Edited by Garage21
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Before I start building the model, I've got to figure out how I'm going to fabricate the pieces that I'll need to build the model.  One piece that has been on my mind since the day I decided to take on the Camel is the turnbuckles.  There are over 100 of them used on the Sopwith Camel and the ones that came with the kit are not anywhere close to looking like what a 1917 turnbuckle should look like.  Based on my research, the buckles on the Camel were pretty large (in both length and circumference) and were drilled for safety wire.

 

Tonight I started playing around with different sizes of different metals to see what might work.  The first picture is a close-up of a turnbuckle on the Sopwith Camel at the United States Airforce Museum (where I shot about 200+ reference pics).  The next three photos show what the hand-fabricated turnbuckles will look like when I'm done.  The prototype in the photos is a mess because I used super glue just to get a sense of scale and design.  I also only finished one end because this is a design experiment.  The ones that i'll fabricate and use on the model will be much cleaner (solder instead of glue) and will have links at both ends. The new nut in the one I built tonight is a 00-120 but I think I'm going to use 00-90's instead.  Each turnbuckle will consist of 6 pieces and will be drilled out and safety wired (per the prototype).  And i've got to make over 100 of these things!!!  I think I know what i'll be doing for the next week or two.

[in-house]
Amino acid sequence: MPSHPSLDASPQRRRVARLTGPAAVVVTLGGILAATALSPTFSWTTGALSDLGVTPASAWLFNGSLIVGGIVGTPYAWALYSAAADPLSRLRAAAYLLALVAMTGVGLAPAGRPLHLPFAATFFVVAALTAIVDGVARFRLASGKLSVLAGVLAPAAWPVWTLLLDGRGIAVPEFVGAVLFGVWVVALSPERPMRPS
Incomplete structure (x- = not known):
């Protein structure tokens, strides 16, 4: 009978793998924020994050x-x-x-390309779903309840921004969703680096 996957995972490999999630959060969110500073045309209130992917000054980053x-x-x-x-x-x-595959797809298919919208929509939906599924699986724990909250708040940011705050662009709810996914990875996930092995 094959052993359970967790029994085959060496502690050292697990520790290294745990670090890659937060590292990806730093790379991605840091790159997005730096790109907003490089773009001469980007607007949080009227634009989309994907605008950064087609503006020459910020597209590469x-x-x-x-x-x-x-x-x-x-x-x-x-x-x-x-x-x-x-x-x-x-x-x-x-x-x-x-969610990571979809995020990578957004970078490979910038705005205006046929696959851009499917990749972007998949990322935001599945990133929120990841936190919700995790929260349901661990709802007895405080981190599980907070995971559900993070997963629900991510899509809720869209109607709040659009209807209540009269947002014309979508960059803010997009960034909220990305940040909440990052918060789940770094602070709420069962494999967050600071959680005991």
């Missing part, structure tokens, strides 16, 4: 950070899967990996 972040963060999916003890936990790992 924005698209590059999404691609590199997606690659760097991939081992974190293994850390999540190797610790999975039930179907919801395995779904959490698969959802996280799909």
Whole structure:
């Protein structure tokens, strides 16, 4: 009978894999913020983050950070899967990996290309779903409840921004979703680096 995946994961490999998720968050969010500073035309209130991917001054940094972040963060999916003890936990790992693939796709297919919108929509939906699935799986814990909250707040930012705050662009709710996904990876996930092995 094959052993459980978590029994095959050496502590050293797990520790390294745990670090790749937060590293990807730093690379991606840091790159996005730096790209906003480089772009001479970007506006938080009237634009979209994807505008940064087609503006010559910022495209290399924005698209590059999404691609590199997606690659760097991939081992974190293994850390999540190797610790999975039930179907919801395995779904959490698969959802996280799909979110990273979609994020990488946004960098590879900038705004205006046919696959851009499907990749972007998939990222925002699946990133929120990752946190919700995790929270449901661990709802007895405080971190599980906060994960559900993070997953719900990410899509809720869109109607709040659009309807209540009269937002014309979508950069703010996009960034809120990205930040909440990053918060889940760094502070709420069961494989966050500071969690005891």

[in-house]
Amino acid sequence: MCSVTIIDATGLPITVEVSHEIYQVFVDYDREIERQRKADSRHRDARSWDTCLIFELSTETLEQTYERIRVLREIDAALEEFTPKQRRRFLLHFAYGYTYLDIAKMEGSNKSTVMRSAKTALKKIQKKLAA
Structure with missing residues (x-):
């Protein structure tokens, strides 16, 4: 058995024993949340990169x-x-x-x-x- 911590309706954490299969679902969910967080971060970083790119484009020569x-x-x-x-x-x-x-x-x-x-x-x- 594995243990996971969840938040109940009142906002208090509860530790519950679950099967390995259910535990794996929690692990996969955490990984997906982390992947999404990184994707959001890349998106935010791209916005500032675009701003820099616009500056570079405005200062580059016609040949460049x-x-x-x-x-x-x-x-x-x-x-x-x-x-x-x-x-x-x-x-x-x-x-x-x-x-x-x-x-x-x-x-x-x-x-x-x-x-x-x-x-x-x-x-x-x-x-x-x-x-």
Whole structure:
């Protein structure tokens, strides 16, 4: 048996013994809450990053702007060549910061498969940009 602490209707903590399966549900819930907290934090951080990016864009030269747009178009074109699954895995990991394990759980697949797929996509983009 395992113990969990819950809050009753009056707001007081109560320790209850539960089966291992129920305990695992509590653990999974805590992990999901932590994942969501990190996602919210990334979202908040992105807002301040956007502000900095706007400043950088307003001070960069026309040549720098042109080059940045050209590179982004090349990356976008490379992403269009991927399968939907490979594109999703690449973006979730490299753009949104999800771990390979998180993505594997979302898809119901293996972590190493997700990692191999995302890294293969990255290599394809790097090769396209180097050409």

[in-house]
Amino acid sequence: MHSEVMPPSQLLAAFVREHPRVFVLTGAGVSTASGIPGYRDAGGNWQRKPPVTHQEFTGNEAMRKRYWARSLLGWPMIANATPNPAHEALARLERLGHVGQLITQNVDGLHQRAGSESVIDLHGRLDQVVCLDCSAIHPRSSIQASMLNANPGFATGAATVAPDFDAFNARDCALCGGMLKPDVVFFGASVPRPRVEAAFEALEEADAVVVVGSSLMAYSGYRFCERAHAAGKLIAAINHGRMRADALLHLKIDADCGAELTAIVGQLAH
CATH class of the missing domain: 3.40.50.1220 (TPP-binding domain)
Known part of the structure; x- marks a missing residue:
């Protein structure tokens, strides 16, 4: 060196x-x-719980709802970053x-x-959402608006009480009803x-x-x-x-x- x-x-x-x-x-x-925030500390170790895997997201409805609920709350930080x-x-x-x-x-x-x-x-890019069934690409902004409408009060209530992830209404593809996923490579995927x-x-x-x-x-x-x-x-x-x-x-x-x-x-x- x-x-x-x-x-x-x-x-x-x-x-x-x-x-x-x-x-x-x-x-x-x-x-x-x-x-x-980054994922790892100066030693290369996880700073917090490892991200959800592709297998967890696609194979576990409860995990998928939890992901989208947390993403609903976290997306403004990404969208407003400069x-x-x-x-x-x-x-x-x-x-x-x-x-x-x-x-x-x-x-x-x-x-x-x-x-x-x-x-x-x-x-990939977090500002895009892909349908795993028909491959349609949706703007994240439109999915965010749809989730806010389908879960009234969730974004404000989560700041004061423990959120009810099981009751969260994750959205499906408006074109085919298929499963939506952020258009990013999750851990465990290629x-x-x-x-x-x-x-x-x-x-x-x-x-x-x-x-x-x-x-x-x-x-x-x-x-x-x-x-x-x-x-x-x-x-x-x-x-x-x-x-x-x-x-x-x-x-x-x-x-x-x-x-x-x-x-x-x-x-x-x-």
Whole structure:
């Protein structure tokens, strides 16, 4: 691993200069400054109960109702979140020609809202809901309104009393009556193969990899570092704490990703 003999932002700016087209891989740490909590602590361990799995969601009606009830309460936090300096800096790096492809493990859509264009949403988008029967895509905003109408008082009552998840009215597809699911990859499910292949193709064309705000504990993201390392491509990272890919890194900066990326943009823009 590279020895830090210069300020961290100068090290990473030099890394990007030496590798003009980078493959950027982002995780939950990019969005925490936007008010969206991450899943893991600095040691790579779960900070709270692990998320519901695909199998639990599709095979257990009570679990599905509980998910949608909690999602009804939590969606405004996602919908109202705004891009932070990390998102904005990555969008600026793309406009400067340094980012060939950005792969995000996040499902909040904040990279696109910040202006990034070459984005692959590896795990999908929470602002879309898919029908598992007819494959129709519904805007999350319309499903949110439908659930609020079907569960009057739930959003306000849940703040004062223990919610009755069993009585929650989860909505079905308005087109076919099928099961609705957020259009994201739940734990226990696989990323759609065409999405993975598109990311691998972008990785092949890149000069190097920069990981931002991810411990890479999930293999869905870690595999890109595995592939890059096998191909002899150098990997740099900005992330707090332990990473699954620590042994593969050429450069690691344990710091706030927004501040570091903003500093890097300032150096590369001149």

(The silver piece in the last photo is a "turnbuckle" that was cast in pot metal and included in the Model Airways kit.)

 

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Edited by Garage21

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2 minutes ago, Wolf Buddee said:

Nice turnbuckles! Not the kit ones.........<_<

 

In 1/16th scale those are really disappointing. 

 

Cheers,

Wolf

 

Thank you Wolf.  Yes - the big cast metal pieces (engine cylinders, fuel tank, etc.) in the kit are OK.  But the very small pieces are messy and lacking in detail.